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Better exam results for children who receive free school meals
PUPILS in Bucks who receive free school meals have improved their educational results.
In a report at a Buckinghamshire County Council meeting last Thursday councillors heard the county has improved exam results for children receiving free school meals.
The report from Mike Appleyard, cabinet member for education and skills, read: "In 2012 the performance of free school meal (FSM) children was below the national average and our statistical neighbours (SN).
"However, in 2013 the proportion of KS2 FSM students achieving the threshold of level 4+ in all of reading, writing and mathematics rose to 61 per cent, above the national average (60 per cent) and well above the SN average (54 per cent).
"In terms of ranking, with one being the highest level of achievement, Buckinghamshire moved from being ranked 104/150 in 2012 to being ranked 61/150 in 2013. This is a substantial improvement but we have further to go."
The meeting also heard from Cllr Bill Bendyshe-Brown, deputy cabinet member for education who presented the report for Cllr Appleyard who was away, that the county hopes to have a system in place to provide free school meals for infant children by September, but said there is very little time to implement this.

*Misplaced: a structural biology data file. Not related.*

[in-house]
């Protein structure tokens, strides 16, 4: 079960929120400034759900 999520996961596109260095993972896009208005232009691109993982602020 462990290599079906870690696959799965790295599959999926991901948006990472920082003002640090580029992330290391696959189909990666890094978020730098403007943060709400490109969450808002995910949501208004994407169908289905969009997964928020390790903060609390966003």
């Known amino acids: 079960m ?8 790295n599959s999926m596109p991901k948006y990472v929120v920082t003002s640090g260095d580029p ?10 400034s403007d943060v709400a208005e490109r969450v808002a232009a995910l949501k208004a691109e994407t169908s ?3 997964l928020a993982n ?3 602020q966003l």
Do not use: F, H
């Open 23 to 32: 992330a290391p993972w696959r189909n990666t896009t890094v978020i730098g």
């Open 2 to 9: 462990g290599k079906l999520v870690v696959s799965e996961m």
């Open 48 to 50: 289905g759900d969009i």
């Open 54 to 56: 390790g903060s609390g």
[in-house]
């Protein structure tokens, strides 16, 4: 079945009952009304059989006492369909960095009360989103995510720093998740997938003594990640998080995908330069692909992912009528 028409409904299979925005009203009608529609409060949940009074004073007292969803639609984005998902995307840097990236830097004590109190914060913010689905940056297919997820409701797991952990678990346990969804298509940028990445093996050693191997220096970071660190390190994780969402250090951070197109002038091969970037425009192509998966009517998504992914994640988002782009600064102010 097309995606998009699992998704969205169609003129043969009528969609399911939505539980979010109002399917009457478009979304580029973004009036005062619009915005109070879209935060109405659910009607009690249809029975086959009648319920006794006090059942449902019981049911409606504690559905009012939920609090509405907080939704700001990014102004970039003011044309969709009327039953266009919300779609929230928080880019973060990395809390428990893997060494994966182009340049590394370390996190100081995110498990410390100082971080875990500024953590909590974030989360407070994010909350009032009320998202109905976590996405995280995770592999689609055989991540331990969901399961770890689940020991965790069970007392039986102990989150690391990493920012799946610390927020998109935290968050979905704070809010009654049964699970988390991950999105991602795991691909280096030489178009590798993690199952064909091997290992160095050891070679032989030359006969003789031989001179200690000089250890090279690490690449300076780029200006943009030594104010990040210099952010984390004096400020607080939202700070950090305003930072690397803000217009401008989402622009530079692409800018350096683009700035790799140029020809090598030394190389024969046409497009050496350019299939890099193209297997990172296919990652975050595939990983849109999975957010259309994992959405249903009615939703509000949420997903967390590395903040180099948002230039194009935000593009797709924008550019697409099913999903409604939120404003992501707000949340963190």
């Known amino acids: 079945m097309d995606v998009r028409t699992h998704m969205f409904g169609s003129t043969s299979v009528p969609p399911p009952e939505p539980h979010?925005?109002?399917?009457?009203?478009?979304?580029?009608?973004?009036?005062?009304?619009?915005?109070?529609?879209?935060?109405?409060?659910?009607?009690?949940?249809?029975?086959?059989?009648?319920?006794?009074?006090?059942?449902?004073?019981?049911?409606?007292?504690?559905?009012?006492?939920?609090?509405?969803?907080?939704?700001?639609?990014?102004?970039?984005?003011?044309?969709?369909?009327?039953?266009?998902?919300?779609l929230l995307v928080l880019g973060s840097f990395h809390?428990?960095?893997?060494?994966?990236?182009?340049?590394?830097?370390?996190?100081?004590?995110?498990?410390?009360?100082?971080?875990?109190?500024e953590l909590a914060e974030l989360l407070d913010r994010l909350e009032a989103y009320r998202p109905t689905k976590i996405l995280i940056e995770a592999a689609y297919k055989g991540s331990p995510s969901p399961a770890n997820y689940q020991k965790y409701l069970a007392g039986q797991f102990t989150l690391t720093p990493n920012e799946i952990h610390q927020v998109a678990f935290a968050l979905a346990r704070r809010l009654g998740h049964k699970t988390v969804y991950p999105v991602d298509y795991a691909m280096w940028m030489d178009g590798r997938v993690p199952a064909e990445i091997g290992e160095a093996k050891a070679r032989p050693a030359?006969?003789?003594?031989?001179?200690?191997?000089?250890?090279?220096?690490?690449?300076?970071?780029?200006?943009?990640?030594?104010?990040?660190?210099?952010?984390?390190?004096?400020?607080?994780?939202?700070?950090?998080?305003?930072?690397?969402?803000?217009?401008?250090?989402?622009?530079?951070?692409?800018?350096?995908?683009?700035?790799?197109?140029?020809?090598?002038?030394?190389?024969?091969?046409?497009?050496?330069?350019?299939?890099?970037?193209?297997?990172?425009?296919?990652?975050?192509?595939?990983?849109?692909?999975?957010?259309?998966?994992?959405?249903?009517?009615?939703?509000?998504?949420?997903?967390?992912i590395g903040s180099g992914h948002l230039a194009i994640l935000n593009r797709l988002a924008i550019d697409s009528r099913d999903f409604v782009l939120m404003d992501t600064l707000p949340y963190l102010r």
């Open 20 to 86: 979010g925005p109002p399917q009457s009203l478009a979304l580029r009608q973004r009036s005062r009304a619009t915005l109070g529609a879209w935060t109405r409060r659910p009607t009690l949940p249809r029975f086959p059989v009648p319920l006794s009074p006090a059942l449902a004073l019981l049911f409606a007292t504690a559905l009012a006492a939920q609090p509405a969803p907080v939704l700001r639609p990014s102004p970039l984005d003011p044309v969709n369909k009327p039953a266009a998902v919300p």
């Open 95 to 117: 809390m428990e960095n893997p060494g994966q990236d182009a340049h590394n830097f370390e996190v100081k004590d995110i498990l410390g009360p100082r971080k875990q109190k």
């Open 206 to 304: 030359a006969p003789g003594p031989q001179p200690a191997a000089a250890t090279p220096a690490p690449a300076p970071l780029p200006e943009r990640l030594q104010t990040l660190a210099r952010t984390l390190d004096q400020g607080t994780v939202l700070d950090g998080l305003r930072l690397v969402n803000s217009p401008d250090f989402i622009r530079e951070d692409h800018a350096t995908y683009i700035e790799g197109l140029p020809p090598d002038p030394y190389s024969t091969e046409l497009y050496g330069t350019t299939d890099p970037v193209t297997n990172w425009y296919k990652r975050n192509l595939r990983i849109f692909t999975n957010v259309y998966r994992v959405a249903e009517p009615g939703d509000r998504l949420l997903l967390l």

The report said: "The Government's announcement of free school meals for infant children has highlighted a local issue where 87 schools have no appropriate facilities. These schools have just under 10,000 children who will be eligible for the meals.
"Children's commissioning is consulting with schools and investigating an innovative super-hub kitchen model which will enable one provider to offer a plated meal option, which will be delivered directly into the school.
"This option will not require schools to have a kitchen or dining room."
The government has allocated Buckinghamshire £1.35m of capital and it is thought this grant will primarily support the growth of the super-hub and provide additional equipment for existing hub schools to increase their capacity to meet the increased demand in their satellite schools.
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